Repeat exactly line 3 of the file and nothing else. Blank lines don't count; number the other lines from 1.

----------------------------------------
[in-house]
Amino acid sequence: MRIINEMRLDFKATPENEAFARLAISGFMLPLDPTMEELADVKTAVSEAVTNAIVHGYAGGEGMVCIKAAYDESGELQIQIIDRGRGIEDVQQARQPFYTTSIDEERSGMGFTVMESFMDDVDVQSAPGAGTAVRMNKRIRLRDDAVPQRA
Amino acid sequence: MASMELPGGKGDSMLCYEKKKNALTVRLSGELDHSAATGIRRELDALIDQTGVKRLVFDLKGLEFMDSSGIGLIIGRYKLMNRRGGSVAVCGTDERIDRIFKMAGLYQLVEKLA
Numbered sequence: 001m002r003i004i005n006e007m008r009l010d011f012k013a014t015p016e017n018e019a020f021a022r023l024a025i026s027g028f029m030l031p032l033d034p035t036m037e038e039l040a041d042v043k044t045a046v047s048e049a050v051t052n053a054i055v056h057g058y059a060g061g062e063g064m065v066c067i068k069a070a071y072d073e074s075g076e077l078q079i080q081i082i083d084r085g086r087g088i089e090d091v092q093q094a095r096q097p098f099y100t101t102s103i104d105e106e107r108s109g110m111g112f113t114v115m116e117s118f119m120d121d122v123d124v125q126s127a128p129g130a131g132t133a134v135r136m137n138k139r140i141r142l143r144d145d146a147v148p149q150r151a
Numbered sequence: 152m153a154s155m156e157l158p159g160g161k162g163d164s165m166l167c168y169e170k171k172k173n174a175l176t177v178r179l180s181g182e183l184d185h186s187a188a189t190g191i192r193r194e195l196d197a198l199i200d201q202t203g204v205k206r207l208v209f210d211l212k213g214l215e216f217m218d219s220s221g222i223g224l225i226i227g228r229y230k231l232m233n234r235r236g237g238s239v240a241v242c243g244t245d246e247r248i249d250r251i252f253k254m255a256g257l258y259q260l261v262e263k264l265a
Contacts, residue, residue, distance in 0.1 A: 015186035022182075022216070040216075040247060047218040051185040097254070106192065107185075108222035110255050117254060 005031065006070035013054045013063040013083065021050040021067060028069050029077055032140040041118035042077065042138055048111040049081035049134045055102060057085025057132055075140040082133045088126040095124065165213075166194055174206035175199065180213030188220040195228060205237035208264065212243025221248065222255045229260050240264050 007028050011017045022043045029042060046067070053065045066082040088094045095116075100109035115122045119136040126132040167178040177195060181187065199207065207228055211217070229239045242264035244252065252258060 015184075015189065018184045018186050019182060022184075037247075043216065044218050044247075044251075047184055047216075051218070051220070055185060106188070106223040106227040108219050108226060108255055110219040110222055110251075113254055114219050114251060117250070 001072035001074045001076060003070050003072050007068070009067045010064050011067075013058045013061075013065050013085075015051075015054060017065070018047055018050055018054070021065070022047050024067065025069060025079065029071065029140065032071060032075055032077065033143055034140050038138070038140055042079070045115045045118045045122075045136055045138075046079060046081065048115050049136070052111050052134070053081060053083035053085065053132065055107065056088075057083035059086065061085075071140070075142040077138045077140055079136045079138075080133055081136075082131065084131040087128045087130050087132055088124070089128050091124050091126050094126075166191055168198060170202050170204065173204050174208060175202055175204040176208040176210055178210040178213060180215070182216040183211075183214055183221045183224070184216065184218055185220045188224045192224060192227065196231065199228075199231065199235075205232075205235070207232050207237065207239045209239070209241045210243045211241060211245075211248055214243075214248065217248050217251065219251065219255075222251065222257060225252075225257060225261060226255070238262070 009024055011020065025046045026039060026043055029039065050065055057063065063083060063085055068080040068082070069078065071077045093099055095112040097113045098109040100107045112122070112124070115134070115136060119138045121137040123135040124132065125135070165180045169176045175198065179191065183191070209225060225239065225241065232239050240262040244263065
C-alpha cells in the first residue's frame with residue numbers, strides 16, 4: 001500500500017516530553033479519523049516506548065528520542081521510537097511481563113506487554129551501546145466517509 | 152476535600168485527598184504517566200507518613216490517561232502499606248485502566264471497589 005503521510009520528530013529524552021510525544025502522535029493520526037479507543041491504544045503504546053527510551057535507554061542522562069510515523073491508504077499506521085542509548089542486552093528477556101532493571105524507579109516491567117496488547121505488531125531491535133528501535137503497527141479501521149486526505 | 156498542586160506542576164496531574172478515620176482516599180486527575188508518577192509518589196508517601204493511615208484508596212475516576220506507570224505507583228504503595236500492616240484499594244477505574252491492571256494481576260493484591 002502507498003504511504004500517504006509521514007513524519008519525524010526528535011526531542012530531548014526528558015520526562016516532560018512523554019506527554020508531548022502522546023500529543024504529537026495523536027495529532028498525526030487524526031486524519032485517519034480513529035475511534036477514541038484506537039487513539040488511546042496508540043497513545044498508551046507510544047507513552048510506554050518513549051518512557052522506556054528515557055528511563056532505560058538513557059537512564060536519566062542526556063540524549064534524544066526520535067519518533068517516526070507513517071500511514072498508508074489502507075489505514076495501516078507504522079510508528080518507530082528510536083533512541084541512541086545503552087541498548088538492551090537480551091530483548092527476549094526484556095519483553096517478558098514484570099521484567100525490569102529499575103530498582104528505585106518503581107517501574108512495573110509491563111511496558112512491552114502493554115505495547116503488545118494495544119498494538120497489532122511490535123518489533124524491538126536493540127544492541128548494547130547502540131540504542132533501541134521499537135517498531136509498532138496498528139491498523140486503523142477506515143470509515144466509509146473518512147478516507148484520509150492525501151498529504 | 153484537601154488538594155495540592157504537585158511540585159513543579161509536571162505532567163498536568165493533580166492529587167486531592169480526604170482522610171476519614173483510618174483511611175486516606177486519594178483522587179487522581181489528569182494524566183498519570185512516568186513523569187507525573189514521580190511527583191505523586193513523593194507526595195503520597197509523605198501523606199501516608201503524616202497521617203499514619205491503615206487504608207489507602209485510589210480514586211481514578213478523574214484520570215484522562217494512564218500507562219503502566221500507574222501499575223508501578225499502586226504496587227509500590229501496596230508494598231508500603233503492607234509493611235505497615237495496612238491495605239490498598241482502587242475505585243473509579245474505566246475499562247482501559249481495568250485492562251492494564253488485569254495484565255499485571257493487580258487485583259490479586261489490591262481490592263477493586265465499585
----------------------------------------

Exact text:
Amino acid sequence: MASMELPGGKGDSMLCYEKKKNALTVRLSGELDHSAATGIRRELDALIDQTGVKRLVFDLKGLEFMDSSGIGLIIGRYKLMNRRGGSVAVCGTDERIDRIFKMAGLYQLVEKLA